German Finance Minister, Olaf Scholz, is running into opposition from Chancellor Angela Merkel’s conservatives over a relief plan worth 57 billion euros ($61.65 billion) aimed to help municipalities cope with the economic effects of the coronavirus pandemic.
The largest economy in Europe is facing its biggest recession since World War II, as the drop in business activity has hit tax revenues and public finances.
The package from Scholz, a Social Democrat, is aimed to help cities and towns stabilize their finances with a cash injection to help compensate for an expected fall in tax revenues.
“This protective shield should not only bring cities and municipalities through the current difficult situation, but also enable them to do their job even better,” explained Scholz.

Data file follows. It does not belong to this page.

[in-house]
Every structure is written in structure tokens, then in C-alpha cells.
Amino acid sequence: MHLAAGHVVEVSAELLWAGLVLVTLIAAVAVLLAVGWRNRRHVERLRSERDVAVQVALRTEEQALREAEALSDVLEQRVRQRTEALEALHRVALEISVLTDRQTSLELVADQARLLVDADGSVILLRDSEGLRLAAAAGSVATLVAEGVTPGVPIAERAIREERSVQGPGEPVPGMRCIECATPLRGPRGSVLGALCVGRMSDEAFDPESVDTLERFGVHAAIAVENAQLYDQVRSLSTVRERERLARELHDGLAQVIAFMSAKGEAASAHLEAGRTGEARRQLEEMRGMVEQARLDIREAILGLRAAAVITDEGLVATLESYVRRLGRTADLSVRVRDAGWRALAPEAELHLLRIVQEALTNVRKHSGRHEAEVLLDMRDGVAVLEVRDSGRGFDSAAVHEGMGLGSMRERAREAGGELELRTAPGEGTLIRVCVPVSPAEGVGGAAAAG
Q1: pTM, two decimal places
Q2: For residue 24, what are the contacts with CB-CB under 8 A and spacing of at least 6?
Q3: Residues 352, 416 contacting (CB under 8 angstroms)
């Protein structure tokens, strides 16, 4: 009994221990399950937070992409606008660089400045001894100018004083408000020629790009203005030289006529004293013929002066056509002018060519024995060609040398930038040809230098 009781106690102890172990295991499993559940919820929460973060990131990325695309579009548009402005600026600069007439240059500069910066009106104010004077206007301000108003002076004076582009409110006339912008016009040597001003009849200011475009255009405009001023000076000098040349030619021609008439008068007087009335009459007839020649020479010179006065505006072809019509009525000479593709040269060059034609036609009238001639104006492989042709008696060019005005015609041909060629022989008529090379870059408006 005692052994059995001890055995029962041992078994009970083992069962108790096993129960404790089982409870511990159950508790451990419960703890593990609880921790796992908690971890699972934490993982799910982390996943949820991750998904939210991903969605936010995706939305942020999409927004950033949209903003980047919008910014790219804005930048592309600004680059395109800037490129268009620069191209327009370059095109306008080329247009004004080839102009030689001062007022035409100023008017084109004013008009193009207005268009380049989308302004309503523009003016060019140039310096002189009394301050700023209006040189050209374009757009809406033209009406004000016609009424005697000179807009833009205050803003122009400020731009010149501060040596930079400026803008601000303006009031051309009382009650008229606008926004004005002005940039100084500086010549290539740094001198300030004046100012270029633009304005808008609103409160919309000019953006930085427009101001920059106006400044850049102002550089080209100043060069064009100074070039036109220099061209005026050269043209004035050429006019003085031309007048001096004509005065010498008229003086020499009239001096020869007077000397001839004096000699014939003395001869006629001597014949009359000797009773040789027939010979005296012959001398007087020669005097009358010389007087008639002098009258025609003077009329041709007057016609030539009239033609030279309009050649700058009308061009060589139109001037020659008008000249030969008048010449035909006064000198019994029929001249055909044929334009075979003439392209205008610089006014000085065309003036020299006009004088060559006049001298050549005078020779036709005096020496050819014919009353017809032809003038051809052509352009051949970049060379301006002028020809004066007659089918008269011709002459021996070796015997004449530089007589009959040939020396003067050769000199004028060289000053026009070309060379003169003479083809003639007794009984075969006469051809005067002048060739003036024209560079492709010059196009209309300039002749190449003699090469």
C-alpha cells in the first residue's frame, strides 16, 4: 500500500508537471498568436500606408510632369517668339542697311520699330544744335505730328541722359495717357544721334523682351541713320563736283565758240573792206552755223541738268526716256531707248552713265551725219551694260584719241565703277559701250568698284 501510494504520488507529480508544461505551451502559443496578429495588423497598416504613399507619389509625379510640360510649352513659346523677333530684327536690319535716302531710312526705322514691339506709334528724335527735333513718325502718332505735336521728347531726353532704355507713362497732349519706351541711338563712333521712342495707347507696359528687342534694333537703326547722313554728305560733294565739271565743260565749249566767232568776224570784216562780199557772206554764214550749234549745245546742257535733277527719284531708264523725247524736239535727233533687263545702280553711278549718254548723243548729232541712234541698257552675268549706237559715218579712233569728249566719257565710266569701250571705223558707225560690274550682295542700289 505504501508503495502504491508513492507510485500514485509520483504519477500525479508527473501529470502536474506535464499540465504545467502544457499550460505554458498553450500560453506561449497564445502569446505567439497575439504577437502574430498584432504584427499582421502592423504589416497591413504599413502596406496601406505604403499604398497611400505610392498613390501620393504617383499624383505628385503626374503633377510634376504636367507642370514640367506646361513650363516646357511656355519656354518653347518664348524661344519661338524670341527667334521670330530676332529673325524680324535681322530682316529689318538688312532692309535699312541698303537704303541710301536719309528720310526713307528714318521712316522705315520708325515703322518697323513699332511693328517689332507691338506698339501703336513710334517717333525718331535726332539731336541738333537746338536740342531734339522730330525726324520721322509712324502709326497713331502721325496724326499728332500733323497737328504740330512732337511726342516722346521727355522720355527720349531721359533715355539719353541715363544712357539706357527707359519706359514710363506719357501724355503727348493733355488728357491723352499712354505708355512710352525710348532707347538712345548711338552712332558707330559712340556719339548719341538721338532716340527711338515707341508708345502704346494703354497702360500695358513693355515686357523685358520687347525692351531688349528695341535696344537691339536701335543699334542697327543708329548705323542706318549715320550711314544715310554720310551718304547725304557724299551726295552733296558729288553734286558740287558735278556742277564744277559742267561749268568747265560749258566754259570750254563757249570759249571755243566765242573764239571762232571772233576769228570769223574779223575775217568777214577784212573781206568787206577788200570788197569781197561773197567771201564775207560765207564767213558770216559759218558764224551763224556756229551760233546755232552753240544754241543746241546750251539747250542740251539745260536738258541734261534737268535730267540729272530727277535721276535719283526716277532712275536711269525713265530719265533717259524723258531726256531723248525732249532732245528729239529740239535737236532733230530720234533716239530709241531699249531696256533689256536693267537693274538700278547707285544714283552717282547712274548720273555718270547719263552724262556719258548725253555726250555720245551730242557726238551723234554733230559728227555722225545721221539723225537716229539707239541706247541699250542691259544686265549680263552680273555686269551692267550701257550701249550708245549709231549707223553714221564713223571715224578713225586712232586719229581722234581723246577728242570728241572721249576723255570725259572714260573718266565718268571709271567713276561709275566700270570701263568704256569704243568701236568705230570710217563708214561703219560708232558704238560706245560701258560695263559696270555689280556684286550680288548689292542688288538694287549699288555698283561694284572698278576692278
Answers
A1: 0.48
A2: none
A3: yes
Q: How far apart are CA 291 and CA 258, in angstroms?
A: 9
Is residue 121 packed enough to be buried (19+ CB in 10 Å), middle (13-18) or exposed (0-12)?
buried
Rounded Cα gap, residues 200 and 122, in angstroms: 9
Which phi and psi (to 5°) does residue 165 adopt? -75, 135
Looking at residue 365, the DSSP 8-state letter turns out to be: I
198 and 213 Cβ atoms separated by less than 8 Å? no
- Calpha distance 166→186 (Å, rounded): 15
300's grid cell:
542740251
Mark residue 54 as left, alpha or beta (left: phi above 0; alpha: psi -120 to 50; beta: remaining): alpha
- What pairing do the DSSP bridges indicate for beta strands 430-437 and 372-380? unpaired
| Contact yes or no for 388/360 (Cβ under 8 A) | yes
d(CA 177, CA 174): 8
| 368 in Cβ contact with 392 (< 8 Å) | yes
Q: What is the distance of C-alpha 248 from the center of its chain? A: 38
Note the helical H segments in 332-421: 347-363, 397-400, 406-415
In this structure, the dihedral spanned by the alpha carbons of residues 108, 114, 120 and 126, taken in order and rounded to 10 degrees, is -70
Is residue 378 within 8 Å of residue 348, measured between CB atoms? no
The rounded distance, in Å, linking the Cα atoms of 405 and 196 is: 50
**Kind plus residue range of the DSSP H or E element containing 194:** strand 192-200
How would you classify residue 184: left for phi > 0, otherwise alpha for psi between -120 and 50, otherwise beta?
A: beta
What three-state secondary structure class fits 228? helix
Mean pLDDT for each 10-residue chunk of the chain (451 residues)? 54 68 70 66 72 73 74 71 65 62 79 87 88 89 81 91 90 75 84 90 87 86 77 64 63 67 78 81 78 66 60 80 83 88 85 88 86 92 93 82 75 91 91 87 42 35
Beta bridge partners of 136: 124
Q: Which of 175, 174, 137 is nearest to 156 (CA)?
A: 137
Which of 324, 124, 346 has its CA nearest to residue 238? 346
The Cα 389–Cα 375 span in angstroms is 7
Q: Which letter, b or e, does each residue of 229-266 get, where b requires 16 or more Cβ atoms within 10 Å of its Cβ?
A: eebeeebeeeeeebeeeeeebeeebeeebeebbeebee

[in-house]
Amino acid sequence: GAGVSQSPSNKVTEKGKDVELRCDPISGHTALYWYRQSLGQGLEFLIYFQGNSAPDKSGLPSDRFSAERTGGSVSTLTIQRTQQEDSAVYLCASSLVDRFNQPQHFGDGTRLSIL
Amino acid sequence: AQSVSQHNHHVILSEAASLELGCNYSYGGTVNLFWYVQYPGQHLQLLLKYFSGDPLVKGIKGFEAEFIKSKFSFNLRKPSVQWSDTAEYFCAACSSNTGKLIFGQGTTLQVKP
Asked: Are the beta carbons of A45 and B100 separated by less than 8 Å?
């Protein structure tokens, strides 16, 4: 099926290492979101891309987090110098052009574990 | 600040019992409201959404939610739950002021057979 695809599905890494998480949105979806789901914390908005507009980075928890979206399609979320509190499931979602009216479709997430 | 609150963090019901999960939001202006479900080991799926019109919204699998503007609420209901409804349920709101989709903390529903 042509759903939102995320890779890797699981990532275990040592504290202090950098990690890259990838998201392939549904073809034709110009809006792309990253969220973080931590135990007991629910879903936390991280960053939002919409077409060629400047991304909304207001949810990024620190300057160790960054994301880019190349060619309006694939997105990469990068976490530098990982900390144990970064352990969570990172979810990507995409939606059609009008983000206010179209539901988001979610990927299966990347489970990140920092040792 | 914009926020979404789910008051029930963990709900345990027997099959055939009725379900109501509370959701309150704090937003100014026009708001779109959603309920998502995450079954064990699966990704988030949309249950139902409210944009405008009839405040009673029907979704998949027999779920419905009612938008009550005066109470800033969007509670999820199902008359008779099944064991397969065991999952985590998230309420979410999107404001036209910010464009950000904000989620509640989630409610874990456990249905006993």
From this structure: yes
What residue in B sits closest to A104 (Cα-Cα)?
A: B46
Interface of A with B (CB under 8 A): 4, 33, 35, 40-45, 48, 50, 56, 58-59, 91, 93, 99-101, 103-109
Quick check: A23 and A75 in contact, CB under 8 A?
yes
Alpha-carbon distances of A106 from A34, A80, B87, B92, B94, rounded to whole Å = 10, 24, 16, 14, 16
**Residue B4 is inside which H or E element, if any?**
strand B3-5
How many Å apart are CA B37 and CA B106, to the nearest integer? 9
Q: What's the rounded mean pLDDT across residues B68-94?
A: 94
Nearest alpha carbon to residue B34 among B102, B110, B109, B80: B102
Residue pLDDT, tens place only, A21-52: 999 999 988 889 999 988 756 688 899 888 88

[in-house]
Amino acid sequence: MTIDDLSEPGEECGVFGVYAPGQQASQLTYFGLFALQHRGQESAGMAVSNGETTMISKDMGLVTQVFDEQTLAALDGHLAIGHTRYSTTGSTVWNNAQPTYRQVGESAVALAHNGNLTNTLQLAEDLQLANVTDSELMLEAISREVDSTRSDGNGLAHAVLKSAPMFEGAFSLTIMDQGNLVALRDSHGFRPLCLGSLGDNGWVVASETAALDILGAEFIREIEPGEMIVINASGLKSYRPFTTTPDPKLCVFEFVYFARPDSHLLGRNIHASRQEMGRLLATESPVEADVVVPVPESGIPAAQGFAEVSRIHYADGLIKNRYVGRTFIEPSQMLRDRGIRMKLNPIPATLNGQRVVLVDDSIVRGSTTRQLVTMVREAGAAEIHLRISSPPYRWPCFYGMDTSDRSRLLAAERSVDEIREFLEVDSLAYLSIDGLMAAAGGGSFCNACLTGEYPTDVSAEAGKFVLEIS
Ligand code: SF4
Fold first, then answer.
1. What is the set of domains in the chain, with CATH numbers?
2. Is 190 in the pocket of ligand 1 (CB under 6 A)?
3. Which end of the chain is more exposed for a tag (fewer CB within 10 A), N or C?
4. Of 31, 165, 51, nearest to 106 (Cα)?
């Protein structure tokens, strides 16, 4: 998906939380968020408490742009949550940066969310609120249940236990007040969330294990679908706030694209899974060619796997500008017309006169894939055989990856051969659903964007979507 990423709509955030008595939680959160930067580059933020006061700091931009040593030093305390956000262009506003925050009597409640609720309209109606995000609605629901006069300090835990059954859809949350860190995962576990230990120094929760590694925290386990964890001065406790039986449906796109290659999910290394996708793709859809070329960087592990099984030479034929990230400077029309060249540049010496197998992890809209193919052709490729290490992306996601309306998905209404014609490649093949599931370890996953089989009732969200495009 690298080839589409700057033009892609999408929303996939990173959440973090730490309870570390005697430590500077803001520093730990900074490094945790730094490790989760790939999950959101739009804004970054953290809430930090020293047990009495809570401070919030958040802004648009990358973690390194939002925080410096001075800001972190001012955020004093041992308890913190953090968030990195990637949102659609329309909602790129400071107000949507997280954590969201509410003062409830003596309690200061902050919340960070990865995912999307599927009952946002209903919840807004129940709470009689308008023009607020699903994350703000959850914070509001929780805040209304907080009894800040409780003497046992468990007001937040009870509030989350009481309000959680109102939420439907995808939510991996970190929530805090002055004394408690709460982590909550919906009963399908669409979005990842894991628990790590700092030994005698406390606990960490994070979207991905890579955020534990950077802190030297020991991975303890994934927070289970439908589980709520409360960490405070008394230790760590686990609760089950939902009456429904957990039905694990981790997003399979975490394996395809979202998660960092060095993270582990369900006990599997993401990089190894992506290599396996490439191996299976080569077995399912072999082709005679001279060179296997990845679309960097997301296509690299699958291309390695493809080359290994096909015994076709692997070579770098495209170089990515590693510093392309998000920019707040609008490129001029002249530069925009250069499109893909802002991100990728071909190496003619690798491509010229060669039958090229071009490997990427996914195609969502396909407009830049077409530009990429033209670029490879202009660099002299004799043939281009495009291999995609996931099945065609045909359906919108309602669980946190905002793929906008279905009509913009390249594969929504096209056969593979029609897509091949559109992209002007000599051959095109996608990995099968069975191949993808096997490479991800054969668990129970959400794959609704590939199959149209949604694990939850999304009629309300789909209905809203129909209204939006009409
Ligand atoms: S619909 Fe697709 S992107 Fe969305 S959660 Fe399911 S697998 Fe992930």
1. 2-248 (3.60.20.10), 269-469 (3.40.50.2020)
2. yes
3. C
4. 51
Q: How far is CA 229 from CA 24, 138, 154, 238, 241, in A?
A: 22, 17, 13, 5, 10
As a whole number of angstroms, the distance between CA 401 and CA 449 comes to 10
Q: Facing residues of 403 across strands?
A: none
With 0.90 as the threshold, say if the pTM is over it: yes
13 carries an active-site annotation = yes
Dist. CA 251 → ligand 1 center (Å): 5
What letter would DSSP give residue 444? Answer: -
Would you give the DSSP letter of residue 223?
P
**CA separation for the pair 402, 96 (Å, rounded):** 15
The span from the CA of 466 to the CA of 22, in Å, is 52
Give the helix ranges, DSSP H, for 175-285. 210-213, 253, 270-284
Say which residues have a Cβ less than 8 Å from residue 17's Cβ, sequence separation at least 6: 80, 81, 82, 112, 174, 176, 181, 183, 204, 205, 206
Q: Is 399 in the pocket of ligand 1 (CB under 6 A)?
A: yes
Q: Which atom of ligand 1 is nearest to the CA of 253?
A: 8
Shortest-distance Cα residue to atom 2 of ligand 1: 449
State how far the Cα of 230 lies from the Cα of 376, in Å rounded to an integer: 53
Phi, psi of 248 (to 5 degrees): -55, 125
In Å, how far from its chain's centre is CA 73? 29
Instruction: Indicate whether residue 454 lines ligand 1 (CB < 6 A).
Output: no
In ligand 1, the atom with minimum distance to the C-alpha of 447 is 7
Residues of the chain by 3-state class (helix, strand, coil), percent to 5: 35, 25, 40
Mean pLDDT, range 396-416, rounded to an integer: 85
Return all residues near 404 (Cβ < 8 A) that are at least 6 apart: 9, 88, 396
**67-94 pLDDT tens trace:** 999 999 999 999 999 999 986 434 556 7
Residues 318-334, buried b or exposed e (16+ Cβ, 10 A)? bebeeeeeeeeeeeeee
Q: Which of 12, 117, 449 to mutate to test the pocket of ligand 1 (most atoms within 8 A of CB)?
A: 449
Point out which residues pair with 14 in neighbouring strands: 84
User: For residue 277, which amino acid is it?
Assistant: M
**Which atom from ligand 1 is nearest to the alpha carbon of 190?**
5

Scholz’s plan is for the 16 state governments to shoulder half of the costs and for parliament to approve the plan before the end of this year.
But the plan is being criticized by the conservative party in the country.
Budget chief, Eckhardt Rehberg, has been outspoken about his criticisms of the plan and has said that no approval has been given for it.
“Scholz can’t just decide on his own about the federal budget and distribute a double-digit billion euros sum across the country,” he said of the package.
Germany is expecting total tax revenues to come in 98.6 billion euros lower than initally predicted before the outbreak, with municipalities facing a budget gap of more than 15 billion euros.
Countries around the world are having to contend with the economic fallout of the pandemic, and the lockdown policies that were put in place as a result. As the pandemic continues, more relief may be needed.
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